Read the full report | On October 24, 2007, the Maine Education Policy Research Institute at the University of Southern Maine released a report which claimed that the state’s five-year-old middle-school laptop program was “creating better writers.” It backed up this conclusion with three sets of data that, on the surface, appeared to confirm just that. A closer look at the data, though, suggests that the authors of the study stretched to reach a conclusion that is simply not supported by the facts.
The report began, for instance, by analyzing what it calls “self-reporting” data, which means that analysts used survey instruments to ask students and teachers if they thought that the laptops had made the students into better writers. The report states that “70 percent or more of the students think the laptops have facilitated their learning.” Yet, a careful look at even this highly unscientific data suggest that the report’s authors are reaching. For instance, more than 80 percent of students did indeed have some level of agreement with the statement that “I am more likely to edit my work when it is done on the laptop,” but one would expect them to say that, given how much easier it is to edit written work electronically than on paper. The same could be said of the second question put to students, which asked if they thought they were “getting work done more quickly” using the laptops. They reported, as one would expect, that they were.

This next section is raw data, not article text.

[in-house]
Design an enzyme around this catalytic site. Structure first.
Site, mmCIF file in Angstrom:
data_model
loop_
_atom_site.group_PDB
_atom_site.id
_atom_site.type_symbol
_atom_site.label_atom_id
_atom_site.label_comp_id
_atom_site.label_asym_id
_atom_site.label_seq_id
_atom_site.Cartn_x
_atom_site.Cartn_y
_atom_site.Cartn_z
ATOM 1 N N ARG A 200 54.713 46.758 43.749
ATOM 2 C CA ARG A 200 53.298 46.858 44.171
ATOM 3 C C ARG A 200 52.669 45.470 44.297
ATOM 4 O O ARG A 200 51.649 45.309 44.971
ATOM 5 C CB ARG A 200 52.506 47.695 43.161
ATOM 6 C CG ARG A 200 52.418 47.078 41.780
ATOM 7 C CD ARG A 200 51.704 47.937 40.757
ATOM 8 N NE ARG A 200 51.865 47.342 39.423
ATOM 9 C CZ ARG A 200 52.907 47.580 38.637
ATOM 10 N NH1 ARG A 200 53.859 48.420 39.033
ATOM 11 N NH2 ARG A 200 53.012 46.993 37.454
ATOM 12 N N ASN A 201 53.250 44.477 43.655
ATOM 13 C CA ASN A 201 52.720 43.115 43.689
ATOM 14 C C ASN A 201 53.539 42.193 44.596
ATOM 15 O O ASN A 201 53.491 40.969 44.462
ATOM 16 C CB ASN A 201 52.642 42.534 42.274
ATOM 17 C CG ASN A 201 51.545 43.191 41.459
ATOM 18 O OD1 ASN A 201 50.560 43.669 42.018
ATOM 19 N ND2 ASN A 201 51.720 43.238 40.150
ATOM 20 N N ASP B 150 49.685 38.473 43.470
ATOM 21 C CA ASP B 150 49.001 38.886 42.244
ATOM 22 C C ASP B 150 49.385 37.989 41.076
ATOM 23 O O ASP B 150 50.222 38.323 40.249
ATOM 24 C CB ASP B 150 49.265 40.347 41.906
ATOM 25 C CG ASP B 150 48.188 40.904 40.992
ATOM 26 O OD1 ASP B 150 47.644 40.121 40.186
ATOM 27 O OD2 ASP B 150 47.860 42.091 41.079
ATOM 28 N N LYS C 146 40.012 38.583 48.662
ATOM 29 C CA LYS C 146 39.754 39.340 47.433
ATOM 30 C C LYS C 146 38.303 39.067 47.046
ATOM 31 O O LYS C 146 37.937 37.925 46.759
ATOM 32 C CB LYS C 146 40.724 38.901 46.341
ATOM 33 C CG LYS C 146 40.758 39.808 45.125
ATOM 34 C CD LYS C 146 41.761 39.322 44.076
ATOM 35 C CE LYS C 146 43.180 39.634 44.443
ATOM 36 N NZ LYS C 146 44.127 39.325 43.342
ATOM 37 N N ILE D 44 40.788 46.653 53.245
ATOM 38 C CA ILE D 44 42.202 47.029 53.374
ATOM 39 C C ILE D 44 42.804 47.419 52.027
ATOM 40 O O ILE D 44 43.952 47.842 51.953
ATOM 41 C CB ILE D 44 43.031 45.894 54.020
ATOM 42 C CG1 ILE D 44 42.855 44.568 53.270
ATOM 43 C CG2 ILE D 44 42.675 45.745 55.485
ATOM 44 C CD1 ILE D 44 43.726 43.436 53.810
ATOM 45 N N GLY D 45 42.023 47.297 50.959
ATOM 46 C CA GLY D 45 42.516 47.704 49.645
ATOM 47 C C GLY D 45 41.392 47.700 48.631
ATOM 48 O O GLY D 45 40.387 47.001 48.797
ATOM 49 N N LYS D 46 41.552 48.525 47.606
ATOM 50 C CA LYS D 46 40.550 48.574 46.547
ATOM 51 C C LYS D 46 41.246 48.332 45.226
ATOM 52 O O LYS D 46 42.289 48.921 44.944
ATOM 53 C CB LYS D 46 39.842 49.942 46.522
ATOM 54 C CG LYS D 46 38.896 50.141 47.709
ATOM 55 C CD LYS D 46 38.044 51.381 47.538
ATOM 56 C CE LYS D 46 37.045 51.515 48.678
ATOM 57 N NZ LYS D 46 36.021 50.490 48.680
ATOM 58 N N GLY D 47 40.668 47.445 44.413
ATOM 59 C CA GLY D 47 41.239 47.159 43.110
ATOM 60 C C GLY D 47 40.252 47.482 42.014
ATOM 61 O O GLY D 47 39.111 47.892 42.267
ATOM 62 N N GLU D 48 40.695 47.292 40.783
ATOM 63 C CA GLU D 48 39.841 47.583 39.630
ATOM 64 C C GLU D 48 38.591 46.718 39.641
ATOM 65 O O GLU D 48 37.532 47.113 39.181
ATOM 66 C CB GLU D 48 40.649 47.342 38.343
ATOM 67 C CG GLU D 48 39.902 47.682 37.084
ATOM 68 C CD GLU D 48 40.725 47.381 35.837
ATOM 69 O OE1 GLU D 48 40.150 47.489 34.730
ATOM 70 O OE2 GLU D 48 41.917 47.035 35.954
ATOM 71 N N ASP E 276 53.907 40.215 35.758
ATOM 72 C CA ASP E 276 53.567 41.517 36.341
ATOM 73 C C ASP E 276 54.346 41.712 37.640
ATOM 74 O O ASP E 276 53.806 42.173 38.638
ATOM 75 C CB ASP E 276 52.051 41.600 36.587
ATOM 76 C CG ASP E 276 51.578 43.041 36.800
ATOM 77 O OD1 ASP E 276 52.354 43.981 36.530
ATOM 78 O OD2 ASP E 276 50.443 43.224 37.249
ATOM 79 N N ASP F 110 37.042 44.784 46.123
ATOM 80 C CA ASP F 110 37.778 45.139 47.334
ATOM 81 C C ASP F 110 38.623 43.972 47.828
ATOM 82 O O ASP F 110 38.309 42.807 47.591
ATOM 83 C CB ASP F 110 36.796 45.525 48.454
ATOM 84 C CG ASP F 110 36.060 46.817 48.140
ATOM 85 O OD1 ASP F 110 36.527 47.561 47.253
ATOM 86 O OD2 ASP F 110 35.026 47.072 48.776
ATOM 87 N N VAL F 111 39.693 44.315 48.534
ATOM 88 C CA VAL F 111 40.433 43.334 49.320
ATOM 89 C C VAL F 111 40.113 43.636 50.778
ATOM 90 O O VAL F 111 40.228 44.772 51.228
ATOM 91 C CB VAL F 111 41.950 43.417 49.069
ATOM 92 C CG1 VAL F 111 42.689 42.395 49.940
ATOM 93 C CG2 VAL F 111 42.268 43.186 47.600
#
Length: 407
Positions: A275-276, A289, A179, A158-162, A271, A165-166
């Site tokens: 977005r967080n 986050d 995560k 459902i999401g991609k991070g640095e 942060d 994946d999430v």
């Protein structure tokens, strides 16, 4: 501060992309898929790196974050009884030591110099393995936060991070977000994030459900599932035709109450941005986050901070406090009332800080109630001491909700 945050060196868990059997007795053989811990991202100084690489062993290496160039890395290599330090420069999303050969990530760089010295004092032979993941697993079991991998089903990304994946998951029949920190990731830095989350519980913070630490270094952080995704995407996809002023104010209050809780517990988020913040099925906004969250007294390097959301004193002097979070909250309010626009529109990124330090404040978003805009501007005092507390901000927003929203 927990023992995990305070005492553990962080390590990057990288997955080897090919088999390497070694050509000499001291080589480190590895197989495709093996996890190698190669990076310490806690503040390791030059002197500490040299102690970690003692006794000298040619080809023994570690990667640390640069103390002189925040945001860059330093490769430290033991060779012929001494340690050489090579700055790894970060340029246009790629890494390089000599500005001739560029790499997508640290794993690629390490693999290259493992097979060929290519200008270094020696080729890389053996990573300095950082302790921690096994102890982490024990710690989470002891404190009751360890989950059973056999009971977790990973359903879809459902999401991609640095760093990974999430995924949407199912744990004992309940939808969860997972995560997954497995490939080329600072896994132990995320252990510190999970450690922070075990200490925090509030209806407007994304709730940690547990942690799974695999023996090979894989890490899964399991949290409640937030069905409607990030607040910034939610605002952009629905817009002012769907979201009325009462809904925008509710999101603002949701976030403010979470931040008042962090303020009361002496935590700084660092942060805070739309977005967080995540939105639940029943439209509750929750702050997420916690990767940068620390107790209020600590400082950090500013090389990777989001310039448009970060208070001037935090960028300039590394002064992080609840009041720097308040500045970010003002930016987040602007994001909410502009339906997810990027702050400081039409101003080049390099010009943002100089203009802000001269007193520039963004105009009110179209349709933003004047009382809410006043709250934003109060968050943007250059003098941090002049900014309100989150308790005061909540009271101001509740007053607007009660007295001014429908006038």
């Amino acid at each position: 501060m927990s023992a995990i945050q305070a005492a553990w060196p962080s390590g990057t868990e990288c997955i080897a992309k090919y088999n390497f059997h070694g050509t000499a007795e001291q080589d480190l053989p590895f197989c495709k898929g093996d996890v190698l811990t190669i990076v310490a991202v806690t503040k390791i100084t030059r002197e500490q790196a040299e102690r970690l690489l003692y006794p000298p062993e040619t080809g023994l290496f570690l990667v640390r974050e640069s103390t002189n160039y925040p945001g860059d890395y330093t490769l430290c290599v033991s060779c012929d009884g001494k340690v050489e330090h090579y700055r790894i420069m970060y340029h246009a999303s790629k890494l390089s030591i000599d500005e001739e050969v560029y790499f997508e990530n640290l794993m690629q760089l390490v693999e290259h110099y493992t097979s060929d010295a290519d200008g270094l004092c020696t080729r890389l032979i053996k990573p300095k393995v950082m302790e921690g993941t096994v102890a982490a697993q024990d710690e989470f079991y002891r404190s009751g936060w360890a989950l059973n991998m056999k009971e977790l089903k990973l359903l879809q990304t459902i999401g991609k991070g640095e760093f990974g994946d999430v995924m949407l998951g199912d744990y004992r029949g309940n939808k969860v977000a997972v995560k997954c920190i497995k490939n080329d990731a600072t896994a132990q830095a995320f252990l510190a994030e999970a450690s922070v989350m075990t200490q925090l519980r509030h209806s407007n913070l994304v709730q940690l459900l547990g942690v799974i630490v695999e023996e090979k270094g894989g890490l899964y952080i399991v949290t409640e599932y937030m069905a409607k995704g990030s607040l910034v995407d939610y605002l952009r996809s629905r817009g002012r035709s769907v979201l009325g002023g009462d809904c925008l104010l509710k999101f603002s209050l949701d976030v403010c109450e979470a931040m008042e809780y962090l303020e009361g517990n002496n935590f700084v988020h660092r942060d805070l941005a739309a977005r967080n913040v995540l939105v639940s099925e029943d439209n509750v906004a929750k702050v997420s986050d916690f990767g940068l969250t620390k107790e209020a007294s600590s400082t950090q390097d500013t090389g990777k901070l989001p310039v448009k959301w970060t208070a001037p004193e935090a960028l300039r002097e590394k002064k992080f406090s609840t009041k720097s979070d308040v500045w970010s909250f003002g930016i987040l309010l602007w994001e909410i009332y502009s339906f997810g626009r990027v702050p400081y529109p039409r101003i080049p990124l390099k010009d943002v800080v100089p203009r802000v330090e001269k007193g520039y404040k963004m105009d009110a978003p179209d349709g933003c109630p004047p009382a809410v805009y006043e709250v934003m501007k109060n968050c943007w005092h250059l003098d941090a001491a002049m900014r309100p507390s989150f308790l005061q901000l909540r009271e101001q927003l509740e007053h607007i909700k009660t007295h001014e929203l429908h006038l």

But do the students think their writing is actually better, as opposed to simply faster and easier? The report’s own data suggests that they are not so sure. Only half of the students surveyed said they “agreed” or “strongly agreed” that they “do more work with the laptops” or that the “quality of [their] work has improved” since using laptops, and less than 40 percent “agreed” or “strongly agreed” that they were “better able to understand their school work” when using laptops.